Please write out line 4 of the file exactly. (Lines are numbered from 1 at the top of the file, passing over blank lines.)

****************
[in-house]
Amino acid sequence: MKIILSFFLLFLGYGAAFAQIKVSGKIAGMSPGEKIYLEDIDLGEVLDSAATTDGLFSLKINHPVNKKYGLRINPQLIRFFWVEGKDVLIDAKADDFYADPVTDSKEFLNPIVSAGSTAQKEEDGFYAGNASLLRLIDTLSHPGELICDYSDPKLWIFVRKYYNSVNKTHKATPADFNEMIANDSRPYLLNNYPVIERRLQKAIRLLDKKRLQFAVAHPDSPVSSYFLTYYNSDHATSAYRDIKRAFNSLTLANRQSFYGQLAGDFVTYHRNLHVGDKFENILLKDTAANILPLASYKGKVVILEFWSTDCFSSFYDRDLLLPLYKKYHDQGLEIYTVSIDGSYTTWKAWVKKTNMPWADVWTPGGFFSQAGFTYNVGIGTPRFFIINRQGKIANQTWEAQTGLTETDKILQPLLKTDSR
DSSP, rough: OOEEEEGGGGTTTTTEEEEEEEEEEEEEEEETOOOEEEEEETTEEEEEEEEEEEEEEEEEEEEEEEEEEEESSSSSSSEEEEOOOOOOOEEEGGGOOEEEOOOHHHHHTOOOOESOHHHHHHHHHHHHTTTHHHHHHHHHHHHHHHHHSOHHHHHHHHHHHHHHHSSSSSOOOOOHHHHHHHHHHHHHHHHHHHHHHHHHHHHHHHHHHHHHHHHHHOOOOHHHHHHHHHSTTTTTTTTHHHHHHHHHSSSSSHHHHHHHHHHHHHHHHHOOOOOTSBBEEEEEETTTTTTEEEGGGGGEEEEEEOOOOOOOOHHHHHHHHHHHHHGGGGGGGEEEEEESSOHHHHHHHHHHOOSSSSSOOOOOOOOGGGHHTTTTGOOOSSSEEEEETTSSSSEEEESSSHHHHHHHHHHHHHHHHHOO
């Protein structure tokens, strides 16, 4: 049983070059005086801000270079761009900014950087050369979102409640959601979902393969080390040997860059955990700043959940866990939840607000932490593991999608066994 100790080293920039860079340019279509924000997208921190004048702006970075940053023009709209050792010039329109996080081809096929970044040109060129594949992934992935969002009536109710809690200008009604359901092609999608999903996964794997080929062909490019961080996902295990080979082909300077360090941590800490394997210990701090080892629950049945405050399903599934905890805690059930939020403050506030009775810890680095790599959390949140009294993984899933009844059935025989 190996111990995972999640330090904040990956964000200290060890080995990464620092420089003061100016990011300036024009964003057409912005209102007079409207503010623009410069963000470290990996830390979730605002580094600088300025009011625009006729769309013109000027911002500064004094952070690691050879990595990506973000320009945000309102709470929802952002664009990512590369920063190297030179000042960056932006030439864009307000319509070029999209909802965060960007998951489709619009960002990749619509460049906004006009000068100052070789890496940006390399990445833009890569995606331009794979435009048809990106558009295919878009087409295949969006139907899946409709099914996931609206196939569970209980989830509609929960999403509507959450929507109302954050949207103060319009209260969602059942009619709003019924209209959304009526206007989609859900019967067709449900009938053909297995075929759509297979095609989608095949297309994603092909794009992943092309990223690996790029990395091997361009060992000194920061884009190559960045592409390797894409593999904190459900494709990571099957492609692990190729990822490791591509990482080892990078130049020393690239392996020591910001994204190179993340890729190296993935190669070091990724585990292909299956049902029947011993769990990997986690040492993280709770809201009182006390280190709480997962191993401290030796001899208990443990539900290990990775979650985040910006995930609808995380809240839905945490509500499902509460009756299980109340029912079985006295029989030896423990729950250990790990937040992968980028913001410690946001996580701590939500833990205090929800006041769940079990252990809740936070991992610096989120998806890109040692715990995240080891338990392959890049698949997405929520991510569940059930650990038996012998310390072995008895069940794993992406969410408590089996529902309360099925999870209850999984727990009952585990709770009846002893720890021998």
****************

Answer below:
């Protein structure tokens, strides 16, 4: 049983070059005086801000270079761009900014950087050369979102409640959601979902393969080390040997860059955990700043959940866990939840607000932490593991999608066994 100790080293920039860079340019279509924000997208921190004048702006970075940053023009709209050792010039329109996080081809096929970044040109060129594949992934992935969002009536109710809690200008009604359901092609999608999903996964794997080929062909490019961080996902295990080979082909300077360090941590800490394997210990701090080892629950049945405050399903599934905890805690059930939020403050506030009775810890680095790599959390949140009294993984899933009844059935025989 190996111990995972999640330090904040990956964000200290060890080995990464620092420089003061100016990011300036024009964003057409912005209102007079409207503010623009410069963000470290990996830390979730605002580094600088300025009011625009006729769309013109000027911002500064004094952070690691050879990595990506973000320009945000309102709470929802952002664009990512590369920063190297030179000042960056932006030439864009307000319509070029999209909802965060960007998951489709619009960002990749619509460049906004006009000068100052070789890496940006390399990445833009890569995606331009794979435009048809990106558009295919878009087409295949969006139907899946409709099914996931609206196939569970209980989830509609929960999403509507959450929507109302954050949207103060319009209260969602059942009619709003019924209209959304009526206007989609859900019967067709449900009938053909297995075929759509297979095609989608095949297309994603092909794009992943092309990223690996790029990395091997361009060992000194920061884009190559960045592409390797894409593999904190459900494709990571099957492609692990190729990822490791591509990482080892990078130049020393690239392996020591910001994204190179993340890729190296993935190669070091990724585990292909299956049902029947011993769990990997986690040492993280709770809201009182006390280190709480997962191993401290030796001899208990443990539900290990990775979650985040910006995930609808995380809240839905945490509500499902509460009756299980109340029912079985006295029989030896423990729950250990790990937040992968980028913001410690946001996580701590939500833990205090929800006041769940079990252990809740936070991992610096989120998806890109040692715990995240080891338990392959890049698949997405929520991510569940059930650990038996012998310390072995008895069940794993992406969410408590089996529902309360099925999870209850999984727990009952585990709770009846002893720890021998």